Poets Noticing the Overlooked, Succumbing to the Despised, Forsaken, and Frankly Hated
Yep, it’s everything you hate—well not YOU, of course, poetry listener, but—well, yes, you, at least me, or sometimes me: the things we sweep and kill, poison and trap, tred and stomp, dismiss, roast, don’t think twice about, or even once, use and throw away for scrap . . .
We’ll talk trash, in our March sweeps, with Marilyn Nelson on dust, and Mark Doty on broken crab shell, multiple literati on weeds and mice, and Milne and me on spiders, Ellen Bass on moths, Tim Seibles on ants, Thoreau on beans, as in, that doesn’t amount to a pile of beans, W. B. Yeats on ditches and frogs, Lorca and Robert Frost on all that we dispose and need . . . “O let them live!” cries Gerald Manley Hopkins on weeds, to which we add, on behalf of the nothing special which poets transform into the cherished, let’s, on our Poetry Slow Down, produced by Sara Hughes for radiomonterey.com, and podcast at BarbaraMossberg.com, I’m your Professor Barbara Mossberg, inviting you to slow down today with poetry, news we need, news we heed, news without which men die miserably every day, to quote our shows’s doctor poet in residence Wiliam Carlos Williams, Let’s slow down—you know you move too fast!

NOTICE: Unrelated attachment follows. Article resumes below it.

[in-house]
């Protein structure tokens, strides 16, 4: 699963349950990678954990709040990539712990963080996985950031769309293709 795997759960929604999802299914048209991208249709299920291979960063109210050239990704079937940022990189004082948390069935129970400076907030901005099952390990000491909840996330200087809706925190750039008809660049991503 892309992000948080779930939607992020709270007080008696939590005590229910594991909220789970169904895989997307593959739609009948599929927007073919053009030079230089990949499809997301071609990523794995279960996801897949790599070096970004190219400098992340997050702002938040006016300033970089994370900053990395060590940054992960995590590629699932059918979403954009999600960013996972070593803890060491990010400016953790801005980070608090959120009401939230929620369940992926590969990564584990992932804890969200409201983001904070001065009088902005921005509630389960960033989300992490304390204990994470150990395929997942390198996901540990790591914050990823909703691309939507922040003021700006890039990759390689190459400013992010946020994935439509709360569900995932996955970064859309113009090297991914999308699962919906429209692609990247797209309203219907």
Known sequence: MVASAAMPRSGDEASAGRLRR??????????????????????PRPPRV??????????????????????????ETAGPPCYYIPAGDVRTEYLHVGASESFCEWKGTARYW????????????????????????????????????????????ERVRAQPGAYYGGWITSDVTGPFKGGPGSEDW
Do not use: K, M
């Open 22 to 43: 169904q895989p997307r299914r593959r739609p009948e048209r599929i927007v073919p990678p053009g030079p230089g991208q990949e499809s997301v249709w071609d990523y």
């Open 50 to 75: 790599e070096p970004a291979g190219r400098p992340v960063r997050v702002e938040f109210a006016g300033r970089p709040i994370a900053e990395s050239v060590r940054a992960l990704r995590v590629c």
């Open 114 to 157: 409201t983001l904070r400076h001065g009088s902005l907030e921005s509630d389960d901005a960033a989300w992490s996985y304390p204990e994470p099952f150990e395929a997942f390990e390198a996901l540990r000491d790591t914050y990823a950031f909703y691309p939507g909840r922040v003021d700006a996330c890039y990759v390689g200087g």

c Barbara Mossberg 2015